SITEMAP   School Physics Notes: Electricity-magnetism 9.2 Plotting magnetic fields

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Magnetism: 9.2 Magnetic fields - plotting them with a compass and drawing the field lines pattern

Doc Brown's Physics exam study revision notes

There are various sections to work through.

9.2 Magnetic fields - plotting them, drawing them

You can map out the magnet field around a bar magnet by using a small plotting compass.

A magnetic field is the region around a magnetic (magnetised) object where a force acts on another magnet or another magnetisable object/material.

represent compass plotting positions on the diagram below (N=>S).

The magnetic field lines should indicate that the 'magnetic flux' runs from the north pole to the south pole.

Inside the plotting compass a tiny bar magnet (compass needle) aligns itself so that its north pole is attracted to the south pole of the magnet it is near.

The same thing happens with a navigation compass, which aligns itself with the Earth's magnetic field.

Your plotting compass does the same thing when well away from the magnet - which shows the Earth creates a magnetic field - because the Earth has an iron core and this swirling mass of mainly molten iron generates a magnetic field.

Plotting! On a sheet of white paper, place a bar magnet in the middle and draw a rectangle around it, so you can always make sure it is in the same place when plotting the magnetic field.

You carefully select a starting point close to a pole and mark on the paper a dot by the end of the compass needle arrow closest to the compass (* →).

Then mark another dot at the other end of the compass needle arrow (→ *).

Then, move the plotting compass around, making a dot adjacent to each end of the compass needle as you move from one position to another.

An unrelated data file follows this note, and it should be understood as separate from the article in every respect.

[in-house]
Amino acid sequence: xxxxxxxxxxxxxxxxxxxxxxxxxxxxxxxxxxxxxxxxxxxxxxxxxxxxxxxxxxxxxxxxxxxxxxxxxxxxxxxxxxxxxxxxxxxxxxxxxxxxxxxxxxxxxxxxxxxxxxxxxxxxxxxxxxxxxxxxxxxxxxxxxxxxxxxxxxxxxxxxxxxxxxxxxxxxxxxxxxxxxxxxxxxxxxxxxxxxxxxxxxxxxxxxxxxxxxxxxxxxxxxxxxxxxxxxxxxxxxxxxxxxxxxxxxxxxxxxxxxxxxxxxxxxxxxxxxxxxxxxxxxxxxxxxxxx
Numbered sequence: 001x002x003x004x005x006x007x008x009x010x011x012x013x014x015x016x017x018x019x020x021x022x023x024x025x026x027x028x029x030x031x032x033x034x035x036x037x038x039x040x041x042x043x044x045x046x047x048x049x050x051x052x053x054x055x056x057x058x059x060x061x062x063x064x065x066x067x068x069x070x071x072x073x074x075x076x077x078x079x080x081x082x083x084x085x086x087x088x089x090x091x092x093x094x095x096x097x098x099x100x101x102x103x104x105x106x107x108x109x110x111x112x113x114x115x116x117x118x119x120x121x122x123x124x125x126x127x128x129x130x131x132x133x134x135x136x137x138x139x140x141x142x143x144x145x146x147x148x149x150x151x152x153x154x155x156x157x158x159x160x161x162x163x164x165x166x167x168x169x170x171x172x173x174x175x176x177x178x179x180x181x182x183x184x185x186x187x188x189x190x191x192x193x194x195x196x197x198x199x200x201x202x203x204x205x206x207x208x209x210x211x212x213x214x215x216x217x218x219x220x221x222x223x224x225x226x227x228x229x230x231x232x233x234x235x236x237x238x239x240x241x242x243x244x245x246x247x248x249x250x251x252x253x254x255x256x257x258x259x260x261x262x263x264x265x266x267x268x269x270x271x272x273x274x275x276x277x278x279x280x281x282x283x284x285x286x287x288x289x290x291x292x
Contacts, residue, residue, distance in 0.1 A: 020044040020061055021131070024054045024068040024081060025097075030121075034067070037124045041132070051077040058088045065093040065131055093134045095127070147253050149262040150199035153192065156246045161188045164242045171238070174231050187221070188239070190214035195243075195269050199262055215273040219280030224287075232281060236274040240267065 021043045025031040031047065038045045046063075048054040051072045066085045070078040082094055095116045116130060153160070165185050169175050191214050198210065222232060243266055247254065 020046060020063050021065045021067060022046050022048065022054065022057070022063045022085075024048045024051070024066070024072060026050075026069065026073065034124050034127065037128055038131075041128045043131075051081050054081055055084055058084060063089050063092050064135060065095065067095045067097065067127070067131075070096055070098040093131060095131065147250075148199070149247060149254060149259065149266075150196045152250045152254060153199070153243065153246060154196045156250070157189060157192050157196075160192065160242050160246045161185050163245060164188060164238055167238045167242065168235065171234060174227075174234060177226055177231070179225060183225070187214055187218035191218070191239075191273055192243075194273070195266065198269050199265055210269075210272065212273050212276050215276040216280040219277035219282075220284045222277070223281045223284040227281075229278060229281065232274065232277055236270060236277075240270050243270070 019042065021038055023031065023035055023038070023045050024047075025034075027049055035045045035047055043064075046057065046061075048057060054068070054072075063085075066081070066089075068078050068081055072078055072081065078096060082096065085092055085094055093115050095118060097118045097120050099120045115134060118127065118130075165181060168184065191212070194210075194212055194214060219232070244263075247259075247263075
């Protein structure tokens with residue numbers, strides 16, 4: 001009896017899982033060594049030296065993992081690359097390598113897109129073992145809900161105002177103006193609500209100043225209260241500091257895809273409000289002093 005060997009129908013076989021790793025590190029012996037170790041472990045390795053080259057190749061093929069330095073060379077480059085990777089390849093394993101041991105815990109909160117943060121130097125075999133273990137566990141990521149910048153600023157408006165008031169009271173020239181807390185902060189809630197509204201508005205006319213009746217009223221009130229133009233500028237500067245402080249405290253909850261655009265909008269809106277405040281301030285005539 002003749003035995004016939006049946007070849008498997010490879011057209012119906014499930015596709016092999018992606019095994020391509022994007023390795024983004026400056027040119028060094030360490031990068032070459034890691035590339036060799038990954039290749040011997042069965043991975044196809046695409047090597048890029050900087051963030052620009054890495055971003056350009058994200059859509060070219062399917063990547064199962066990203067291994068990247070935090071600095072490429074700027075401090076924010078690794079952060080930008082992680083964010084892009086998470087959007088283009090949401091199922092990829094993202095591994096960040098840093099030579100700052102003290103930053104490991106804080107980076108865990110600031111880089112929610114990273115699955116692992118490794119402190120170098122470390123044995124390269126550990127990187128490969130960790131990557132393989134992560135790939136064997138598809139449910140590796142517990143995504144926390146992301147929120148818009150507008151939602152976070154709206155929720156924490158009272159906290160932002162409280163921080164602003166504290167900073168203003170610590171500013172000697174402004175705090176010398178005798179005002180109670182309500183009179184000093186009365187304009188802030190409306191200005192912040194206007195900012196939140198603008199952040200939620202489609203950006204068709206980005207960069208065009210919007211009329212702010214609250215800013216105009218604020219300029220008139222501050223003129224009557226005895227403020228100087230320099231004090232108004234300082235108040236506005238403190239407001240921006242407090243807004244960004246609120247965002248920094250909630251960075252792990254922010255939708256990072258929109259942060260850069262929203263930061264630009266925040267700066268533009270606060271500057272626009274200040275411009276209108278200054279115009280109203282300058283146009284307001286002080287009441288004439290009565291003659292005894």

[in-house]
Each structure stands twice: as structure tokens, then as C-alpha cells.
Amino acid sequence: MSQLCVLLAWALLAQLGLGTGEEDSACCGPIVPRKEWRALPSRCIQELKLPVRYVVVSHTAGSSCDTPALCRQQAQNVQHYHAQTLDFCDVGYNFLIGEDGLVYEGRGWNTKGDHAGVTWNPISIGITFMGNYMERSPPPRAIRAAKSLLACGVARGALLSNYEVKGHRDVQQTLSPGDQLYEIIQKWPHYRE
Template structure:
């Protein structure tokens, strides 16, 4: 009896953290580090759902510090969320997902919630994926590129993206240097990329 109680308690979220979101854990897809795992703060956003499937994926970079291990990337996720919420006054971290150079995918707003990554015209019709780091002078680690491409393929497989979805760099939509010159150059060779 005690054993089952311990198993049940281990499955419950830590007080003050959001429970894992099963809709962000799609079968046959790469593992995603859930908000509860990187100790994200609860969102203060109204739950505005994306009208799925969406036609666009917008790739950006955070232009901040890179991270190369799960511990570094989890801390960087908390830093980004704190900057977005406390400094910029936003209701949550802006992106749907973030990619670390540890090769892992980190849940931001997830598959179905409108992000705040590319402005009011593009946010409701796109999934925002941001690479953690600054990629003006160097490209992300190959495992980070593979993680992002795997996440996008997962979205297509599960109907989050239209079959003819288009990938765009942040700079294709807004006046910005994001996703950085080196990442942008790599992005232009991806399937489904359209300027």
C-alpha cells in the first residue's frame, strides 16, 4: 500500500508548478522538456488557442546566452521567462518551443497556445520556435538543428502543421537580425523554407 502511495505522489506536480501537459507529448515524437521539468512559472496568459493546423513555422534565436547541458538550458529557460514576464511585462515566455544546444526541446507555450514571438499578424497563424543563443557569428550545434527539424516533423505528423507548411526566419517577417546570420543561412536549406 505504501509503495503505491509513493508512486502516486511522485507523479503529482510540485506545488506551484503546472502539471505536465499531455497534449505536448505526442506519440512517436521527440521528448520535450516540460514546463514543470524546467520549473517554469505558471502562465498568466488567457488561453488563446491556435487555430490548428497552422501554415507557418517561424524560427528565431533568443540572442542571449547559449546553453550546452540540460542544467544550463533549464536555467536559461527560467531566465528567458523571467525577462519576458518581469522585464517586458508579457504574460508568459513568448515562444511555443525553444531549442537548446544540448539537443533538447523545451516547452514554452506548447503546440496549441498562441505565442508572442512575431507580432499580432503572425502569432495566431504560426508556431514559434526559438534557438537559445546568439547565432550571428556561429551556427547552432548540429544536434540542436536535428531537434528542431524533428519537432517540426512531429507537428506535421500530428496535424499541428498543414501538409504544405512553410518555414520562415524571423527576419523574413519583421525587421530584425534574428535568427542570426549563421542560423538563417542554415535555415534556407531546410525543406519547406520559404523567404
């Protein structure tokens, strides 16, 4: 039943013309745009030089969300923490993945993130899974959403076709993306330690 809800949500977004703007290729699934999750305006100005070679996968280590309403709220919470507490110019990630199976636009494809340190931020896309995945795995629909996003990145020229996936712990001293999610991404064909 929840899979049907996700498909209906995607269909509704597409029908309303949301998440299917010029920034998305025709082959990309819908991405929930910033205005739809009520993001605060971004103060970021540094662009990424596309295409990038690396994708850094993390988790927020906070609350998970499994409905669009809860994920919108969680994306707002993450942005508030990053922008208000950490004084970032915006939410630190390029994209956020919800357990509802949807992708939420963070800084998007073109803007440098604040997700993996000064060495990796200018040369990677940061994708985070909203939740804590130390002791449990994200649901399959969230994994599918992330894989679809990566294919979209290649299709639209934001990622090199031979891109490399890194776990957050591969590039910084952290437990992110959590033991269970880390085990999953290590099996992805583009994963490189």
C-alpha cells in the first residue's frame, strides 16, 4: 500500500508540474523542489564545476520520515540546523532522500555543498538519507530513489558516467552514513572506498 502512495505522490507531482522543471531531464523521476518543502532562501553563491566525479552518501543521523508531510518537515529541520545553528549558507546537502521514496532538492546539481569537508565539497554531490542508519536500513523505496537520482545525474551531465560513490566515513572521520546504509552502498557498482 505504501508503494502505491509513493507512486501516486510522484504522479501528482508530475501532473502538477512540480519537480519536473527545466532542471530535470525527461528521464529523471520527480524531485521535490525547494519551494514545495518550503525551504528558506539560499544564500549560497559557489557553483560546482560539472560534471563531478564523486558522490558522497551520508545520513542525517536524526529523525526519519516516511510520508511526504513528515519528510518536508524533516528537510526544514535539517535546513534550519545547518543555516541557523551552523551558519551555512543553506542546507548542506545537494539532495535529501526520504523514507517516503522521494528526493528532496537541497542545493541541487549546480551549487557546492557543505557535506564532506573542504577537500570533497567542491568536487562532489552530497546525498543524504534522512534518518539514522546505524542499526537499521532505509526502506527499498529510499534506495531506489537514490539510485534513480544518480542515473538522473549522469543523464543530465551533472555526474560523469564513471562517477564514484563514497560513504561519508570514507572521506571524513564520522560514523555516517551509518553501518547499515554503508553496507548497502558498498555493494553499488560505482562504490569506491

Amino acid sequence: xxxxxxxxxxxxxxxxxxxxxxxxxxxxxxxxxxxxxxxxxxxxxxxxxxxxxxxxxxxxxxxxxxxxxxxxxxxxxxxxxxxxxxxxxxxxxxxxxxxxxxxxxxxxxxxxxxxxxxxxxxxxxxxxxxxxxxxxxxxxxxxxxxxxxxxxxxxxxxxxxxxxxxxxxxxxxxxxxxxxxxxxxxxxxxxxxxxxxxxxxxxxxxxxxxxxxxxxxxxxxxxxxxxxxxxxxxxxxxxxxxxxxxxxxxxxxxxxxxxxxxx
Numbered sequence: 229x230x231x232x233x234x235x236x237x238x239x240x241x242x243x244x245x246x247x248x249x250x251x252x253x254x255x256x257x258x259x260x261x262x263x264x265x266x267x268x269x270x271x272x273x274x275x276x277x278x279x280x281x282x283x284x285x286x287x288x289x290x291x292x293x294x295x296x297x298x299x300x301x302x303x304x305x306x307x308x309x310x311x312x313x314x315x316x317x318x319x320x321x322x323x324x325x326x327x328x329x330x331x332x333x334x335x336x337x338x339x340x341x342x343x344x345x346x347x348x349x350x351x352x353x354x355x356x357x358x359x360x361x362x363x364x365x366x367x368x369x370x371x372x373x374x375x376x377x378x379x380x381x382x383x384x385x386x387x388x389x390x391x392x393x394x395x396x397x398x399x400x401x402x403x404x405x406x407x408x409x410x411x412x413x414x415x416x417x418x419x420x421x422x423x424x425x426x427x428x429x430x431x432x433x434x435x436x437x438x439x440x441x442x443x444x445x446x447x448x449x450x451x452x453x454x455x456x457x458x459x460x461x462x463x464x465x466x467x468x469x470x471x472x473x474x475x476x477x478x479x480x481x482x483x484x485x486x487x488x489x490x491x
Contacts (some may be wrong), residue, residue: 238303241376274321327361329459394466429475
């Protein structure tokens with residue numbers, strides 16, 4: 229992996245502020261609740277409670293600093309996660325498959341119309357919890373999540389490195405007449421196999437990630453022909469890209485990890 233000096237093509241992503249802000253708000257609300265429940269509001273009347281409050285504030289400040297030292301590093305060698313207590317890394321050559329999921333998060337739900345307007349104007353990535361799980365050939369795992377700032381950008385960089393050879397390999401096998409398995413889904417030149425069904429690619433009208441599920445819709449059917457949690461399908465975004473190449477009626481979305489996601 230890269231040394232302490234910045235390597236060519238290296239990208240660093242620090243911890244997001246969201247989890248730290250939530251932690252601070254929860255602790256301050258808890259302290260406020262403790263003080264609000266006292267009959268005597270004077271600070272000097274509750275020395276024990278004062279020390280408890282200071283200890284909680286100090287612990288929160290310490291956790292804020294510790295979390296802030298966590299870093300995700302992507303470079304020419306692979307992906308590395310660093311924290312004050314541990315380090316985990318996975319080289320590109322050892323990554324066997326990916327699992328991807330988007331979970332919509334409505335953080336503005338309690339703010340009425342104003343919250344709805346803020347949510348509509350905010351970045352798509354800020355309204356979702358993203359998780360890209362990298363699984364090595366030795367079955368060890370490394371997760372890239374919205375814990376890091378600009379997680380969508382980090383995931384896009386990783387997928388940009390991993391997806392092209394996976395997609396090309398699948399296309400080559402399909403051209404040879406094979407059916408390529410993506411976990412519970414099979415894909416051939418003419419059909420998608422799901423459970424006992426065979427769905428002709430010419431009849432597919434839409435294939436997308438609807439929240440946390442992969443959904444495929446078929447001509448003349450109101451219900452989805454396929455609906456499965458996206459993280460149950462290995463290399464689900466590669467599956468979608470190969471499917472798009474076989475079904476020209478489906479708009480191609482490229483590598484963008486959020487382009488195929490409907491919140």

Gradually a line a force can be drawn by joining up the points all the way round from one end to the other end of the magnet.

You just repeat the procedure from a different starting point from the north pole.

How to plot the magnetic field of a bar magnet

The results of plotting a magnetic field around a permanent bar magnet.

By convention, the lines of force run around from the north pole to the south pole.

The lines of force show which way a force would act on a north pole if it was placed at that point in the field - see how the compass needle aligns itself along the line of force.

The closer the lines of force are together, the stronger the magnetic field.

The lines of force are closer together nearest the poles - this means the strength of the magnetic field is strongest close to the poles.

The further you get away from a magnet, the weaker the magnetic field.

The strength of the magnetic field is called the magnetic flux density and is measured in teslas (T).

For on magnetic field density see Electromagnetism, solenoid coils, uses of electromagnets

B is the magnetic field lines diagram for the attraction of unlike poles

Diagrams A and B show the magnetic field lines around a permanent bar magnet.

How to plot this was described above with the lines of force running from north to south.

You can clearly show this pattern using iron filings.

You place a permanent bar magnet under a sheet of paper or plastic.

You then sprinkle iron filings randomly on top of the sheet.

Then, tap the sheet gently and repeatedly until the pattern of the magnetic field emerges.

The permanent magnet induces magnetism in the iron filings and converts them into temporary magnets which all line up - N - S - N - S - etc. along the lines of force of the magnetic flux.

Its quicker than doing the compass plot method, but you don't end up with a plot unless you photograph it!

Diagram C shows the magnetic field lines when unlike poles of two bar permanent bar magnets are brought close together and attracted.

When a N-S or S-N attraction happens the lines of force join up from one magnet to another in a uniform pattern and the lines of force still run from a north pole to a south pole.

D and E show the magnetic field lines diagram for the repulsion of like poles

Diagrams D and E show when like poles of two permanent magnets are brought close together and repulsion takes place.

In this case the lines of force do NOT join together from one magnet to the other, but they still run from a north pole to a south pole.

Keywords, phrases and learning objectives on magnetism

Be able to do, and describe with diagrams, the method of how to plot and draw a magnet field of a bar magnet using a plotting compass.

Be able to describe and sketch magnetic fields when like poles are brought close together (repulsion) and unlike poles are brought close together (attraction).

All the field line diagrams should be clear and dealing with the magnetic fields of permanent bar magnets.

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